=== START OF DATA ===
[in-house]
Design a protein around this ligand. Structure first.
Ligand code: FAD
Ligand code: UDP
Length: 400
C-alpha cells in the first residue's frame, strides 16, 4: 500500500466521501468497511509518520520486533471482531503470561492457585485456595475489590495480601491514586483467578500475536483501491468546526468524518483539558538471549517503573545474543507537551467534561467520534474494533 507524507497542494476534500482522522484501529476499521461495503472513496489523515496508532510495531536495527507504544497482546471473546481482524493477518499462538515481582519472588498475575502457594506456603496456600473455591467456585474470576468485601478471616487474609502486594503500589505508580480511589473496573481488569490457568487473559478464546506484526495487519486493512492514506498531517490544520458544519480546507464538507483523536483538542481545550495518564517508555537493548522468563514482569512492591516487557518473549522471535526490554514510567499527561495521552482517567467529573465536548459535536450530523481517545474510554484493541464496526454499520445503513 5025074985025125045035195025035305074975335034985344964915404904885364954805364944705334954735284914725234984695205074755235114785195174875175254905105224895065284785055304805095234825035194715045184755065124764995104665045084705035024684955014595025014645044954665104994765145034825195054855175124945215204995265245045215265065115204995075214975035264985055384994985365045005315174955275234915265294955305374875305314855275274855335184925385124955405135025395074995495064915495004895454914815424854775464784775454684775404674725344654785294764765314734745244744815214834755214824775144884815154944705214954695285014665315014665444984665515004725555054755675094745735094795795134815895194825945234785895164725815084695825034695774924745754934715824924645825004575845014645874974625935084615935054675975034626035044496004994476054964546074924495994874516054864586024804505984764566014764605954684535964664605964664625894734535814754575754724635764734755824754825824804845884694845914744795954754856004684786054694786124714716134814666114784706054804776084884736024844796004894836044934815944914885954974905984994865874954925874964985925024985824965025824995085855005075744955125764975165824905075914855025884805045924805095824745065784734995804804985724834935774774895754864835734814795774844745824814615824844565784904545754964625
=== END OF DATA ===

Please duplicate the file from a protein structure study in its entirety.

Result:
[in-house]
Design a protein around this ligand. Structure first.
Ligand code: FAD
Ligand code: UDP
Length: 400
C-alpha cells in the first residue's frame, strides 16, 4: 500500500466521501468497511509518520520486533471482531503470561492457585485456595475489590495480601491514586483467578500475536483501491468546526468524518483539558538471549517503573545474543507537551467534561467520534474494533 507524507497542494476534500482522522484501529476499521461495503472513496489523515496508532510495531536495527507504544497482546471473546481482524493477518499462538515481582519472588498475575502457594506456603496456600473455591467456585474470576468485601478471616487474609502486594503500589505508580480511589473496573481488569490457568487473559478464546506484526495487519486493512492514506498531517490544520458544519480546507464538507483523536483538542481545550495518564517508555537493548522468563514482569512492591516487557518473549522471535526490554514510567499527561495521552482517567467529573465536548459535536450530523481517545474510554484493541464496526454499520445503513 5025074985025125045035195025035305074975335034985344964915404904885364954805364944705334954735284914725234984695205074755235114785195174875175254905105224895065284785055304805095234825035194715045184755065124764995104665045084705035024684955014595025014645044954665104994765145034825195054855175124945215204995265245045215265065115204995075214975035264985055384994985365045005315174955275234915265294955305374875305314855275274855335184925385124955405135025395074995495064915495004895454914815424854775464784775454684775404674725344654785294764765314734745244744815214834755214824775144884815154944705214954695285014665315014665444984665515004725555054755675094745735094795795134815895194825945234785895164725815084695825034695774924745754934715824924645825004575845014645874974625935084615935054675975034626035044496004994476054964546074924495994874516054864586024804505984764566014764605954684535964664605964664625894734535814754575754724635764734755824754825824804845884694845914744795954754856004684786054694786124714716134814666114784706054804776084884736024844796004894836044934815944914885954974905984994865874954925874964985925024985824965025824995085855005075744955125764975165824905075914855025884805045924805095824745065784734995804804985724834935774774895754864835734814795774844745824814615824844565784904545754964625